Unfortunately, no one in the current government, other than Nanaia Mahuta and David Parker to some extent, is ready to step up and make meaningful changes. The most likely outcome on water will be that major water reforms will be scrapped in much the same way that Ardern threw in the towel without a fight on a capital gains tax.

The most critical issues facing Maori and the working class in 2022 are housing and taxation:


The latest figures for September 2021 put the State House waiting list at 24,546, with half of that number being Whanau Māori. This Labor government built state houses in less than double the rate of increase in the State House waiting list. This is great for middle-class landlords who can continue to charge impossible rents, knowing that the government will continue to pay them an additional $2 billion every year in housing supplements because rents are unaffordable.

This year, a housing campaign will be built around the central demand that the government build state homes for desperate families – disproportionately Maori. If you haven’t signed this petition to help get the ball rolling, don’t pretend you care about housing.


Maori pay higher tax rates than Pākehā. This is because the working class pays the highest tax rates and, again, because Maori are disproportionately part of the working class, on average they pay higher tax rates when the GST and income tax are considered together.

GST which is a tax on the poor. Workers are hammered because they have to spend all their income while the middle class and the wealthy can save some and therefore lose less in GST. (The bottom 10% pay 14% of their income in GST while the top 10% pay less than 5% of their income in GST)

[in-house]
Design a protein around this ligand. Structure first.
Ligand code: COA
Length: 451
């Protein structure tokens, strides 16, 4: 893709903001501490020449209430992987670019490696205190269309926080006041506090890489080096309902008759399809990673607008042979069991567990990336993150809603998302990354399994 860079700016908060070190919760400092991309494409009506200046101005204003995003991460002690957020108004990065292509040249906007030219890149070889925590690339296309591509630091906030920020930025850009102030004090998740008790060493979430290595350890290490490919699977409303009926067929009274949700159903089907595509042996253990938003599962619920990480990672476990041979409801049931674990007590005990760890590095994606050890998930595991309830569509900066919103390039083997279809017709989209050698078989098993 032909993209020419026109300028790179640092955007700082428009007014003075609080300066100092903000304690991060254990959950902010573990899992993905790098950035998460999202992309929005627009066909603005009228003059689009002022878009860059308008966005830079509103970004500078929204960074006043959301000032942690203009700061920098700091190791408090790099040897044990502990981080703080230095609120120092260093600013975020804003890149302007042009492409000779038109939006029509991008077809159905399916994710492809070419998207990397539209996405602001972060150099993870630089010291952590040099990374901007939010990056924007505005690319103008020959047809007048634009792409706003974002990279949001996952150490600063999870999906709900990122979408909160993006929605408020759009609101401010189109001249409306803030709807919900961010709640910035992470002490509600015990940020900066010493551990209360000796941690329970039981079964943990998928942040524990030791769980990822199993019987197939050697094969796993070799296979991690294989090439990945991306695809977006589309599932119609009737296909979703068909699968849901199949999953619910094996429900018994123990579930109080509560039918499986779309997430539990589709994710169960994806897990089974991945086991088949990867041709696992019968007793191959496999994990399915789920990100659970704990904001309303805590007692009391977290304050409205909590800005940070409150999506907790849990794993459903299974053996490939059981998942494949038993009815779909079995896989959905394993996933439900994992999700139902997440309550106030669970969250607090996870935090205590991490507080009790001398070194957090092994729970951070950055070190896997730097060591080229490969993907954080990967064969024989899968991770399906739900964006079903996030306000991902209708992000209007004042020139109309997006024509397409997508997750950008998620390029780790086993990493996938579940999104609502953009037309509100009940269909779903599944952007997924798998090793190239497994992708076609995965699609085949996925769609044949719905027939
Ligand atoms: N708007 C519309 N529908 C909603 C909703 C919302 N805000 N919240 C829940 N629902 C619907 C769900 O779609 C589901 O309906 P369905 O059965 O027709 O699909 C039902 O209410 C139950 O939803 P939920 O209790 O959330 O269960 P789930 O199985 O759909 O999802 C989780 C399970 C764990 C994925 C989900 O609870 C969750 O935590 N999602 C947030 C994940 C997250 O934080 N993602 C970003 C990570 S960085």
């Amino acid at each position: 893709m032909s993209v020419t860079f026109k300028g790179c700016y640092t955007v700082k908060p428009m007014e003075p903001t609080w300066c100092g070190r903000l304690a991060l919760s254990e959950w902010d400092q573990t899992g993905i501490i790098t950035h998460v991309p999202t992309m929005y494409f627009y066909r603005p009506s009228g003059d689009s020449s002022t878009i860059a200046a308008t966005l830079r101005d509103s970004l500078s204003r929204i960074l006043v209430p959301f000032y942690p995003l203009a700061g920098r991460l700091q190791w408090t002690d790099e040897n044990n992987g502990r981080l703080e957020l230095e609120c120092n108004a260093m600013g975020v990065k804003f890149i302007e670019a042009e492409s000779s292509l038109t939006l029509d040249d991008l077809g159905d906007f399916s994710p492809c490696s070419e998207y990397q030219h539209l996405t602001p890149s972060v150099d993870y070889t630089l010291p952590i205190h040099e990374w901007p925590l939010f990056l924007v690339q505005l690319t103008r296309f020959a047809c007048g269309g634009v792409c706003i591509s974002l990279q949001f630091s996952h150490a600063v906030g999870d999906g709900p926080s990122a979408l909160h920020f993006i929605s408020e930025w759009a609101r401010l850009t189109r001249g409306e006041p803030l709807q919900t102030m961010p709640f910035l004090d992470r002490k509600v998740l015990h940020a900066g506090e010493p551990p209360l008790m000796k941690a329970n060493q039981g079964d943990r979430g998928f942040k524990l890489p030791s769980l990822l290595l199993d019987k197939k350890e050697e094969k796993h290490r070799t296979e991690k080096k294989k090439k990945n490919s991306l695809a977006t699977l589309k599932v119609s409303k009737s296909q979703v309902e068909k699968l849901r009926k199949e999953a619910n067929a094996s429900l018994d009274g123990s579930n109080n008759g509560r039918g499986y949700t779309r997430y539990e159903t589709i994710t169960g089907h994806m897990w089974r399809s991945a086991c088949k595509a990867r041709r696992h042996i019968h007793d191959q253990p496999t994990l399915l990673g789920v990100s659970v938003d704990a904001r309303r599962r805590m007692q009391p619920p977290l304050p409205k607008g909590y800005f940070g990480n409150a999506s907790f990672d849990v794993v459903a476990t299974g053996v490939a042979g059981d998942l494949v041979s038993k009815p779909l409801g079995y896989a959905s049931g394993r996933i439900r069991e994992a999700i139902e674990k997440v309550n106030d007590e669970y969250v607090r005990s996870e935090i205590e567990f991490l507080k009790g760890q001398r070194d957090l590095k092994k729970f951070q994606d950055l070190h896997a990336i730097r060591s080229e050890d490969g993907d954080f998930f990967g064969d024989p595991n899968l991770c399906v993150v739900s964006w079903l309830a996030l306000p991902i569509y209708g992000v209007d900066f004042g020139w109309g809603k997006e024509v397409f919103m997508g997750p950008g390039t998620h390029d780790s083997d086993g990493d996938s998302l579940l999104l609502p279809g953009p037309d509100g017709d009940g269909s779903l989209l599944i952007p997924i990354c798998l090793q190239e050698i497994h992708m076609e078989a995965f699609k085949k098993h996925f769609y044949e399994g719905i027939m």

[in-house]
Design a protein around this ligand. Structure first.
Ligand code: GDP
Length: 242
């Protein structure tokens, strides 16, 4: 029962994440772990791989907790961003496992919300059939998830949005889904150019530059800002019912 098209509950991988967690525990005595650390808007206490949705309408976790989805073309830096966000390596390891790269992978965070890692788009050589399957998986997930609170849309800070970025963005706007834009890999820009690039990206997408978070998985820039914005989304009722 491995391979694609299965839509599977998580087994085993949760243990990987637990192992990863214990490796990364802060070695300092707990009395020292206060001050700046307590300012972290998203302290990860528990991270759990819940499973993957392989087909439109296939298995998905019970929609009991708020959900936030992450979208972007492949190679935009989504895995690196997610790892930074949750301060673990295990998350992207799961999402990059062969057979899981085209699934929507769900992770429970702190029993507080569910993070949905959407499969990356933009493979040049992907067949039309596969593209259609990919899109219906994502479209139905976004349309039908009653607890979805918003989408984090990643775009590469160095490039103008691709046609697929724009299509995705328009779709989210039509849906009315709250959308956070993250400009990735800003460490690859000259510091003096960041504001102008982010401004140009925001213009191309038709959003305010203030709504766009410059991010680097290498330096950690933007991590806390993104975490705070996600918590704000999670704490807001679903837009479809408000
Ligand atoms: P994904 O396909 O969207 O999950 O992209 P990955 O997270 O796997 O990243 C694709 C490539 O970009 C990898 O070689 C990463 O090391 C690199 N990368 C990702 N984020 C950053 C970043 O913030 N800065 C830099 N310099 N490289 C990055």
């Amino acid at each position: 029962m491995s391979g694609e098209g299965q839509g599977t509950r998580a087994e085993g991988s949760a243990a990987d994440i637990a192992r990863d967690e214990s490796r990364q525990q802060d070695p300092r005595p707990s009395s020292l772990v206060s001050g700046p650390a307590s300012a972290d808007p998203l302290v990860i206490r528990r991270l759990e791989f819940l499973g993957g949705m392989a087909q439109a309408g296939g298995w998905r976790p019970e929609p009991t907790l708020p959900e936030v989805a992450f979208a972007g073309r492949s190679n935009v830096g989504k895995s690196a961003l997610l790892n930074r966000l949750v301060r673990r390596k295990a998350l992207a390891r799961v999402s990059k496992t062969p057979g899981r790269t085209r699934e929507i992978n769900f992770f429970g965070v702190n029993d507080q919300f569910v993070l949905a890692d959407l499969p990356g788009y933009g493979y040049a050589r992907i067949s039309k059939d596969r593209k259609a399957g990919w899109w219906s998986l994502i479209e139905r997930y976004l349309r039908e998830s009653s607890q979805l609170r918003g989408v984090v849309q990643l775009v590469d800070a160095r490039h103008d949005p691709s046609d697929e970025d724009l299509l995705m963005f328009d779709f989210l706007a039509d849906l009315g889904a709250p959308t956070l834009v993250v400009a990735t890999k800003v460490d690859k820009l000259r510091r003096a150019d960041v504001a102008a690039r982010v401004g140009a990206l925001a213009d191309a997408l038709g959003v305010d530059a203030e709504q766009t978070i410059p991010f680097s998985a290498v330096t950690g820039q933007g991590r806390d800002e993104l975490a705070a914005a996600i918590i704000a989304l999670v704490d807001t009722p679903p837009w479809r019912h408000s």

Unlike the middle class and the wealthy, working people pay taxes on every dollar they earn and every dollar they spend. There will be a big tax campaign going on this year and every Daily Blog reader should be ready to get involved and help out.

What will make a difference for Maori and the working class in 2022:

If the campaigns on housing and taxation can kick off and gain momentum, they will compel Labor to act and implement radical change.

It won’t be easy. Labor is attached to what their middle-class focus groups say – in fact, they are hip to corporate and comfortable. Only drastic action will force their hand for the better. Be prepared to do your part in these campaigns in 2022. We must get serious – this is a crisis for Maori and working people – only radical solutions driven by active campaigning will make a difference.

See you on the streets in 2022.